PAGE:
Figure 1.
 
Mean (±SD) RA in the choroid/RPE of form-deprived eyes relative to the fellow untreated control eyes are replotted from three earlier studies. Chick data are replotted from Mertz and Wallman. 43 Marmoset data are from Mertz et al. (IOVS 2001;42:ARVO Abstract 56). Guinea pig data are replotted from McFadden et al. 49 In all three studies, the RA in the form-deprived eyes was significantly different from the controls and the effect in chick is opposite to that in marmosets or guinea pigs. The rate of RA synthesis (converted to picomoles per hour) was measured in the studies of chicks and marmosets. RA concentration (measured as micrograms per gram wet weight) was measured in the study using guinea pigs.
Figure 2.
 
Diffuser-induced changes in refractive state and vitreous chamber depth (plotted as the interocular difference between the treated and control eye, n = 15) correlate significantly (P < 0.01). The vertical line (x = 0) separates the experimental groups. Right of line: group 1, treated eye longer and, on average, more myopic; left of line: group 2, treated eye shorter and, on average, more hyperopic.
Figure 2.
 
Diffuser-induced changes in refractive state and vitreous chamber depth (plotted as the interocular difference between the treated and control eye, n = 15) correlate significantly (P < 0.01). The vertical line (x = 0) separates the experimental groups. Right of line: group 1, treated eye longer and, on average, more myopic; left of line: group 2, treated eye shorter and, on average, more hyperopic.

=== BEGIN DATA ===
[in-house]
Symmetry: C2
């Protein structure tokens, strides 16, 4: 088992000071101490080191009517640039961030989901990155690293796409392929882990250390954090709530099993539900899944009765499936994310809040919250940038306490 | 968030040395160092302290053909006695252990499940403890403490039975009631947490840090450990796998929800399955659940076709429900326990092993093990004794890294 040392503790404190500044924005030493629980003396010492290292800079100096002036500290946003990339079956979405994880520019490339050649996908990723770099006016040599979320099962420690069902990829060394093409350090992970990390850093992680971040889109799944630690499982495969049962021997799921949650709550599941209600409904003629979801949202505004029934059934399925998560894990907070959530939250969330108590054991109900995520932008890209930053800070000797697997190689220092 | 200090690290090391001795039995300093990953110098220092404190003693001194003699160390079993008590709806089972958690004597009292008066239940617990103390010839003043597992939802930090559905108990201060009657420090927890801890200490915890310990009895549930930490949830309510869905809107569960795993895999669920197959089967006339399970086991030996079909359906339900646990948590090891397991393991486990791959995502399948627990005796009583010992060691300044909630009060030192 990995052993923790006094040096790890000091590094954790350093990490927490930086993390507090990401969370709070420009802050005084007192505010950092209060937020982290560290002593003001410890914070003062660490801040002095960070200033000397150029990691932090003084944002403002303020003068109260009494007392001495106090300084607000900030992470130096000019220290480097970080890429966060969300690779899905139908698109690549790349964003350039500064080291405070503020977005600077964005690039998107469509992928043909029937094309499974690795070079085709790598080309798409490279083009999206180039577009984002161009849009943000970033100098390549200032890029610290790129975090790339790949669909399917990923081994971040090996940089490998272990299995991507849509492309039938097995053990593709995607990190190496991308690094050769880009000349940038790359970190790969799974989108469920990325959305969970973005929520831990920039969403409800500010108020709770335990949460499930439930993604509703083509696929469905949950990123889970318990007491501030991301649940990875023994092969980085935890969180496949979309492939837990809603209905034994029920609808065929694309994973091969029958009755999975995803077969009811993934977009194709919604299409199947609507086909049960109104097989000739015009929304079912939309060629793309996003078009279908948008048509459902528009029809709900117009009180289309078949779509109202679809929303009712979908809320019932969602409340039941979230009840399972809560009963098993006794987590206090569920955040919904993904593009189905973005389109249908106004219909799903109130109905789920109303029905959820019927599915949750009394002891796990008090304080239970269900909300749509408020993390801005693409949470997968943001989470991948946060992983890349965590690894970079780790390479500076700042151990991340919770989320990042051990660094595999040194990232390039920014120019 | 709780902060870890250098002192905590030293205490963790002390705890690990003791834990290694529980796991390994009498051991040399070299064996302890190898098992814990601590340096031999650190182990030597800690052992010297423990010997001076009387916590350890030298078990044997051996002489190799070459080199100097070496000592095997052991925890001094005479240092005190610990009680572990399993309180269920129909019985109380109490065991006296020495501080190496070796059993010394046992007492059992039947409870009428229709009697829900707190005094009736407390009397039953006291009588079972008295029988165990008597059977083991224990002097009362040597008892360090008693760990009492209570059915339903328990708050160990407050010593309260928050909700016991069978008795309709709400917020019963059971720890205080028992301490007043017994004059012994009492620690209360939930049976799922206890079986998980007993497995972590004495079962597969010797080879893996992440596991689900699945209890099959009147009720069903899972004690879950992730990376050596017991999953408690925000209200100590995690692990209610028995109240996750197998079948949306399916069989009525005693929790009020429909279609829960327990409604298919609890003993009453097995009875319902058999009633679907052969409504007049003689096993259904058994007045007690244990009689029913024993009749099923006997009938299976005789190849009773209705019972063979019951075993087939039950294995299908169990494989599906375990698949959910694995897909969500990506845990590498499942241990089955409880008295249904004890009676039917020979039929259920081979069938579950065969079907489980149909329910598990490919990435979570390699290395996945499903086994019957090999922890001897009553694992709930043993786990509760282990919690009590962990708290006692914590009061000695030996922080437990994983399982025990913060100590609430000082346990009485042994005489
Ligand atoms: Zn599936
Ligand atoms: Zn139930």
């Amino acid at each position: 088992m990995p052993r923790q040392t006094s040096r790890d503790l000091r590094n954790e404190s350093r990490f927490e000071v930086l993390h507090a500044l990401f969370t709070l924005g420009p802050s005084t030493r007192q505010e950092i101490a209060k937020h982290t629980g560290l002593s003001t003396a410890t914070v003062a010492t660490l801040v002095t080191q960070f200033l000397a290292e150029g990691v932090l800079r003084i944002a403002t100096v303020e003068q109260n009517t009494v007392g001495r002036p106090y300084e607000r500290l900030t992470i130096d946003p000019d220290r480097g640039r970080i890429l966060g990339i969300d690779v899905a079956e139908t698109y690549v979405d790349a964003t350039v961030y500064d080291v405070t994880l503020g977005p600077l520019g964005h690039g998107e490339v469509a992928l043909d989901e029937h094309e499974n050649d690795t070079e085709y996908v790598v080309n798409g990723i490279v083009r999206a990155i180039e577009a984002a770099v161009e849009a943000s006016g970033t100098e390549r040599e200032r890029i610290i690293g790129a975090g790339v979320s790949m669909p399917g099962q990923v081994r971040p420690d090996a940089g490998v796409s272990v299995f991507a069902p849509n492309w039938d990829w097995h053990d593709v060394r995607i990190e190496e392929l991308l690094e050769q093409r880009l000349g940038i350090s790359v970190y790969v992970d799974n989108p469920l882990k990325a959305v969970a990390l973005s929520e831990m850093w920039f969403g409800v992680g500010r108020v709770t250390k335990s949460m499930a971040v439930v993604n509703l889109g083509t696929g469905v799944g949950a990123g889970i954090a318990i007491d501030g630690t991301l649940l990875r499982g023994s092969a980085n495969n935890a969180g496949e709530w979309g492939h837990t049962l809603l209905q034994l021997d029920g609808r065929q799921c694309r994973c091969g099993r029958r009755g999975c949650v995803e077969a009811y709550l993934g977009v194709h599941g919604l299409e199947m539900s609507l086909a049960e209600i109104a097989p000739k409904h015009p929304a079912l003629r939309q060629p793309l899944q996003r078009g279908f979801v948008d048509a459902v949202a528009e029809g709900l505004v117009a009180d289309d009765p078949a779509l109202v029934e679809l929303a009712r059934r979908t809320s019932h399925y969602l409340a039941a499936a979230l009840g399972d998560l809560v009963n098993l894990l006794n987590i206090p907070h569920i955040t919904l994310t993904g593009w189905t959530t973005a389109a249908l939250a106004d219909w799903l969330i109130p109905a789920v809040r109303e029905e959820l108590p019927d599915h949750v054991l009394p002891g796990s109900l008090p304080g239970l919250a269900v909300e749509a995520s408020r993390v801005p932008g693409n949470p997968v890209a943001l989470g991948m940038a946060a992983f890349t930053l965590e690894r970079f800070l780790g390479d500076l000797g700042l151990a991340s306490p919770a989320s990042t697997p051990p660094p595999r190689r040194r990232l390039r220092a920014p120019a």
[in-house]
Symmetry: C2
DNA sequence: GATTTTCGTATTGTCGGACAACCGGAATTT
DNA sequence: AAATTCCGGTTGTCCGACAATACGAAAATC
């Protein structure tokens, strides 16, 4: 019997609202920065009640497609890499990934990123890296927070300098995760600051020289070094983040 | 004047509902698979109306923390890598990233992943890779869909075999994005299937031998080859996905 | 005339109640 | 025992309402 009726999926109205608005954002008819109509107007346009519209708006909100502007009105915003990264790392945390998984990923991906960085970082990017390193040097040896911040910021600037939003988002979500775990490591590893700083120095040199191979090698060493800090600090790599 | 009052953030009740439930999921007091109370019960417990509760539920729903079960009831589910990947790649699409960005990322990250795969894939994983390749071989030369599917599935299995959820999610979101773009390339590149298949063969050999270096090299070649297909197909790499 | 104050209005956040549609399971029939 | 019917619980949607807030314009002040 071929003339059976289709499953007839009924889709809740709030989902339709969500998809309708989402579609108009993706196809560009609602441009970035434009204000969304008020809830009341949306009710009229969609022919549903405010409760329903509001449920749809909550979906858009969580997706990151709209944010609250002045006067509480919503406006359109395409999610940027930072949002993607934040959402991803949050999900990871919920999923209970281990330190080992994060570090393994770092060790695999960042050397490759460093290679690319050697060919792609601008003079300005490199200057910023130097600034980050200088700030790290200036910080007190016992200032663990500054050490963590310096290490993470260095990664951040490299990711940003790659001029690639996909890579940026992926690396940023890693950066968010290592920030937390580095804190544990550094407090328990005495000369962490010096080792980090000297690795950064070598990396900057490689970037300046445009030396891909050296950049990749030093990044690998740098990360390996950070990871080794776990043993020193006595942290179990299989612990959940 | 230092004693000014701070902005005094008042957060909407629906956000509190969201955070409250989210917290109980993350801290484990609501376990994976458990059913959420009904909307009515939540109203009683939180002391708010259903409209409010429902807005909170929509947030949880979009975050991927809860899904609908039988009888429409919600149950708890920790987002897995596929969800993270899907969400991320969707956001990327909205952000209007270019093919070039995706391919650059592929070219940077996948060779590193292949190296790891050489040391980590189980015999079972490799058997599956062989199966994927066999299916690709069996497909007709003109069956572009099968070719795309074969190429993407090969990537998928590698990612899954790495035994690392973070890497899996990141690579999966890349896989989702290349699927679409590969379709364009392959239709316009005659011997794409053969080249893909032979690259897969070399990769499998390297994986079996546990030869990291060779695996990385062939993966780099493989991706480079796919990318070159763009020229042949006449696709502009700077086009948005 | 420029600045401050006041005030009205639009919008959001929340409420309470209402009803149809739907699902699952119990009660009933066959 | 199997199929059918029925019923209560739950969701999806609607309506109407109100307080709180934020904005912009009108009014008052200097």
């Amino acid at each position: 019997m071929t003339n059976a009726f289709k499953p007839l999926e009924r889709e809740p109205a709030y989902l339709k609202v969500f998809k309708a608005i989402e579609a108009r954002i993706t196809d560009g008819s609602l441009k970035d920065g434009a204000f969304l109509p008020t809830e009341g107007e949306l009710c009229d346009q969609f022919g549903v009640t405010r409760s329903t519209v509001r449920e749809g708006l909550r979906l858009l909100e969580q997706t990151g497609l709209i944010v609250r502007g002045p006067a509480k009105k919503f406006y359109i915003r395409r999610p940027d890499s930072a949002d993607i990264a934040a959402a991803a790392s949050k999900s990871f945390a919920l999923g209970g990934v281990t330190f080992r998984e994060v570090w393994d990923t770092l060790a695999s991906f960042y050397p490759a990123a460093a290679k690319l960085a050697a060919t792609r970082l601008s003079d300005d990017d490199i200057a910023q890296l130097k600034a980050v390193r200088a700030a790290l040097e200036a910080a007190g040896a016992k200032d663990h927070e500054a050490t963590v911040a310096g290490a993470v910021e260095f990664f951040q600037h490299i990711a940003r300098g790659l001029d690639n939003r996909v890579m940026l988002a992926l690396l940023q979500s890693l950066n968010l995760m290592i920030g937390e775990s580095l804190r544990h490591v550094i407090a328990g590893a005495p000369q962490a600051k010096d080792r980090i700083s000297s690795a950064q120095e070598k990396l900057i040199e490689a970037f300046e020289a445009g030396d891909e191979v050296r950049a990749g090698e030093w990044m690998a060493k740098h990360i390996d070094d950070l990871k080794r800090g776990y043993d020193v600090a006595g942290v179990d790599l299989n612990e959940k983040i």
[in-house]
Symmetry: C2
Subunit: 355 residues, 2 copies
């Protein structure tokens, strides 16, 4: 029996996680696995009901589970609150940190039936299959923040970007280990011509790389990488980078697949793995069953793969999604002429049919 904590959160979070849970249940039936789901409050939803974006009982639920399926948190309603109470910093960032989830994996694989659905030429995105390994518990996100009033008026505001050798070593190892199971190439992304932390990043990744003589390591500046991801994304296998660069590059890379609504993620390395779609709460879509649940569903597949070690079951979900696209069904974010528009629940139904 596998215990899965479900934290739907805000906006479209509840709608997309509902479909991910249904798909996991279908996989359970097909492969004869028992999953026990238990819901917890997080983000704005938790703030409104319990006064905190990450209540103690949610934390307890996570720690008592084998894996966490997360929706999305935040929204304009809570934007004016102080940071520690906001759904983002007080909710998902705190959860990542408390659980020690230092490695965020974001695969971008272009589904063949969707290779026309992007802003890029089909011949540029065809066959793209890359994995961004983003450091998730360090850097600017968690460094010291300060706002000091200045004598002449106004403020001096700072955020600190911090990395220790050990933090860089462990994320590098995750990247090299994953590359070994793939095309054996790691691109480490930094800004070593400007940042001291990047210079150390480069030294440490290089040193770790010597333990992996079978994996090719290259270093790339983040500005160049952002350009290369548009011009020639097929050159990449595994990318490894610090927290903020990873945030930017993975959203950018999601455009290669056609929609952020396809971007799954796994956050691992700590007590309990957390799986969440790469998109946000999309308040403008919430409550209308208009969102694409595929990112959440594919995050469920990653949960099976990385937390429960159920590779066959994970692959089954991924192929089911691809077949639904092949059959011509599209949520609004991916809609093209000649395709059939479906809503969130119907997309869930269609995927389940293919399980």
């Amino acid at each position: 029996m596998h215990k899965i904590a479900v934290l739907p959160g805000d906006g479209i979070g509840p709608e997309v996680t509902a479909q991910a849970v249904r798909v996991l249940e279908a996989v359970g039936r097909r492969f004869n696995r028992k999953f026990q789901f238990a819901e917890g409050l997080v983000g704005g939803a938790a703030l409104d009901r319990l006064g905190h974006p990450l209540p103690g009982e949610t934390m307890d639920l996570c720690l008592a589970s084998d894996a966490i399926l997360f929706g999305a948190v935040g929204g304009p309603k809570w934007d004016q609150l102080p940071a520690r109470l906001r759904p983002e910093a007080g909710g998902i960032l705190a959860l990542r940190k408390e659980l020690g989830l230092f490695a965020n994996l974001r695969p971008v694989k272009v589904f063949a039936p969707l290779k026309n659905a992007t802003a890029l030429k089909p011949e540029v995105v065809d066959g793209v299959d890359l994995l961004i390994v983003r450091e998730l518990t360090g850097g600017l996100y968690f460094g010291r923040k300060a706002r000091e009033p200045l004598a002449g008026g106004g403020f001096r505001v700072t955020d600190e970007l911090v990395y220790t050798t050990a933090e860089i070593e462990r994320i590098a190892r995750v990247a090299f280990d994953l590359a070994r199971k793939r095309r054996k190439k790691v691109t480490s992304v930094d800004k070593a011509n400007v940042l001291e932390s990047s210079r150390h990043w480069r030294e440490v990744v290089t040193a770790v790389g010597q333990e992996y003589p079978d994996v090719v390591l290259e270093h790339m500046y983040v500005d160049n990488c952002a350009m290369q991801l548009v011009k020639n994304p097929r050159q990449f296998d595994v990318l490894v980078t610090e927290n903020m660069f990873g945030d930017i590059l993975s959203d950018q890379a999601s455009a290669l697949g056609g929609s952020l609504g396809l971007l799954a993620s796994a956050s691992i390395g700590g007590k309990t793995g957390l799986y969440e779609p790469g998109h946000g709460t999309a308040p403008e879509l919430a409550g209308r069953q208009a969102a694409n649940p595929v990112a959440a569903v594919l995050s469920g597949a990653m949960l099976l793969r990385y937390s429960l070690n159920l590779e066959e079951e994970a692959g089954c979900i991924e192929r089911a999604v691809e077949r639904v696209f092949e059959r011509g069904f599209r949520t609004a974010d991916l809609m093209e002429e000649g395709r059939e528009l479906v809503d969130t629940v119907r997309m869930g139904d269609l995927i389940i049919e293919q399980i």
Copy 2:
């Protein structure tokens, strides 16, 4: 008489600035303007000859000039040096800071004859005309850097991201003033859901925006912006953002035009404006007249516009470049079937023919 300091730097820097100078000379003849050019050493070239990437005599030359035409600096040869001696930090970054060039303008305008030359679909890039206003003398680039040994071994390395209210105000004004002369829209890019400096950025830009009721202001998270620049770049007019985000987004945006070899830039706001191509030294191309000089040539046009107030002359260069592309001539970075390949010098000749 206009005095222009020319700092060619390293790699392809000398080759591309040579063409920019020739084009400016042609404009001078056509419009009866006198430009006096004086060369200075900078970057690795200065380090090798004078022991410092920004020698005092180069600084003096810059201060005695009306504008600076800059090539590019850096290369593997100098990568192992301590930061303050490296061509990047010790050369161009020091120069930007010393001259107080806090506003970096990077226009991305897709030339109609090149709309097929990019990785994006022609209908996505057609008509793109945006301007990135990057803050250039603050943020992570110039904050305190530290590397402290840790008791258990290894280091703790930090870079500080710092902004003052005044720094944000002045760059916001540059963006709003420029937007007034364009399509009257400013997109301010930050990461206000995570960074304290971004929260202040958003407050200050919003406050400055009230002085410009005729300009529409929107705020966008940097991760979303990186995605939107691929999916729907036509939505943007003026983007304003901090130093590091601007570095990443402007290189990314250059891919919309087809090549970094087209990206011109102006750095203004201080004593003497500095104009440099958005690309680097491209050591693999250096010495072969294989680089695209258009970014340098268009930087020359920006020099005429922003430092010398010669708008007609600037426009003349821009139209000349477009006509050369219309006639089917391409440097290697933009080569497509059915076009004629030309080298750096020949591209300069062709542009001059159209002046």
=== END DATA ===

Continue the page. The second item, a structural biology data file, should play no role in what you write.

Figure 3.
 
The rates of change of the vitreous chamber depth of the treated eyes are plotted as lines linking the penultimate and final measurements of individual animals in this study. Solid lines: animals from group 1, treated eyes longer than control eyes (n = 8); dashed lines: animals from group 2, treated eyes shorter than control eyes (n = 7). The range of vitreous chamber depths from the eyes of untreated and pretreated marmoset eyes (data from our database and Ref. 53 ) are shown as points of comparison. The mean (±SE) rate of change in the vitreous chamber depth of the treated eyes is shown (inset) for groups 1 and 2 (group means were significantly different, unpaired t-test, P < 0.05). The mean change in vitreous chamber depth for the control eyes for both groups (n = 15) is shown for comparison.
Figure 3.
 
The rates of change of the vitreous chamber depth of the treated eyes are plotted as lines linking the penultimate and final measurements of individual animals in this study. Solid lines: animals from group 1, treated eyes longer than control eyes (n = 8); dashed lines: animals from group 2, treated eyes shorter than control eyes (n = 7). The range of vitreous chamber depths from the eyes of untreated and pretreated marmoset eyes (data from our database and Ref. 53 ) are shown as points of comparison. The mean (±SE) rate of change in the vitreous chamber depth of the treated eyes is shown (inset) for groups 1 and 2 (group means were significantly different, unpaired t-test, P < 0.05). The mean change in vitreous chamber depth for the control eyes for both groups (n = 15) is shown for comparison.
Figure 4.